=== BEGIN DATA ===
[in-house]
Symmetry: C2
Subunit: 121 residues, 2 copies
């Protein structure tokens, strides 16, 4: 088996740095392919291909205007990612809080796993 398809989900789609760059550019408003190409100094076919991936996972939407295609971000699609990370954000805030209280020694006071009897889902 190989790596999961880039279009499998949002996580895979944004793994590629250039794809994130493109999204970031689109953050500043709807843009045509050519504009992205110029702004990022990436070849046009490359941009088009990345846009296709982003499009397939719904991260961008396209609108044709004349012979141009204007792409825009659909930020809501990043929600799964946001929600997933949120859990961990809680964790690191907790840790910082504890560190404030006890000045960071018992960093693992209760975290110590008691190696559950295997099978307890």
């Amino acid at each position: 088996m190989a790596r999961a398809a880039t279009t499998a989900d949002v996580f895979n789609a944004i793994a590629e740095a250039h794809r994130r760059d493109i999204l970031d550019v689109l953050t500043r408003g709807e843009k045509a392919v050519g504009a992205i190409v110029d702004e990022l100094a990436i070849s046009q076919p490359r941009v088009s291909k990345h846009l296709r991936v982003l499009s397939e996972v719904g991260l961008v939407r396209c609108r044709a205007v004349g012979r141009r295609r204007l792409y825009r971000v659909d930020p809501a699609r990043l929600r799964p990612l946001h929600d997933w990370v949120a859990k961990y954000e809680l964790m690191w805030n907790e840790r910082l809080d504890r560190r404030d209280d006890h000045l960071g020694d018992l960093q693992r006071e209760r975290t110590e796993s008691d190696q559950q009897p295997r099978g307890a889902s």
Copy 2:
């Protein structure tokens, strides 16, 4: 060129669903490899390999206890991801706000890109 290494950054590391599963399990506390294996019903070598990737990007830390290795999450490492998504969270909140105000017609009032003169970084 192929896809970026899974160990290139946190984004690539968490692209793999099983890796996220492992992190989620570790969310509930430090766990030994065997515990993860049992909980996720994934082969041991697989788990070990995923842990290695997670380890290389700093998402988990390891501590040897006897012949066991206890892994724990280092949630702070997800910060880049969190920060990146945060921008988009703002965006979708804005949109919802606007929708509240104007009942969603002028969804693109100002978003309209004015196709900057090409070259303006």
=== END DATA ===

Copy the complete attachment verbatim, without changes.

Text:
[in-house]
Symmetry: C2
Subunit: 121 residues, 2 copies
């Protein structure tokens, strides 16, 4: 088996740095392919291909205007990612809080796993 398809989900789609760059550019408003190409100094076919991936996972939407295609971000699609990370954000805030209280020694006071009897889902 190989790596999961880039279009499998949002996580895979944004793994590629250039794809994130493109999204970031689109953050500043709807843009045509050519504009992205110029702004990022990436070849046009490359941009088009990345846009296709982003499009397939719904991260961008396209609108044709004349012979141009204007792409825009659909930020809501990043929600799964946001929600997933949120859990961990809680964790690191907790840790910082504890560190404030006890000045960071018992960093693992209760975290110590008691190696559950295997099978307890």
């Amino acid at each position: 088996m190989a790596r999961a398809a880039t279009t499998a989900d949002v996580f895979n789609a944004i793994a590629e740095a250039h794809r994130r760059d493109i999204l970031d550019v689109l953050t500043r408003g709807e843009k045509a392919v050519g504009a992205i190409v110029d702004e990022l100094a990436i070849s046009q076919p490359r941009v088009s291909k990345h846009l296709r991936v982003l499009s397939e996972v719904g991260l961008v939407r396209c609108r044709a205007v004349g012979r141009r295609r204007l792409y825009r971000v659909d930020p809501a699609r990043l929600r799964p990612l946001h929600d997933w990370v949120a859990k961990y954000e809680l964790m690191w805030n907790e840790r910082l809080d504890r560190r404030d209280d006890h000045l960071g020694d018992l960093q693992r006071e209760r975290t110590e796993s008691d190696q559950q009897p295997r099978g307890a889902s």
Copy 2:
């Protein structure tokens, strides 16, 4: 060129669903490899390999206890991801706000890109 290494950054590391599963399990506390294996019903070598990737990007830390290795999450490492998504969270909140105000017609009032003169970084 192929896809970026899974160990290139946190984004690539968490692209793999099983890796996220492992992190989620570790969310509930430090766990030994065997515990993860049992909980996720994934082969041991697989788990070990995923842990290695997670380890290389700093998402988990390891501590040897006897012949066991206890892994724990280092949630702070997800910060880049969190920060990146945060921008988009703002965006979708804005949109919802606007929708509240104007009942969603002028969804693109100002978003309209004015196709900057090409070259303006």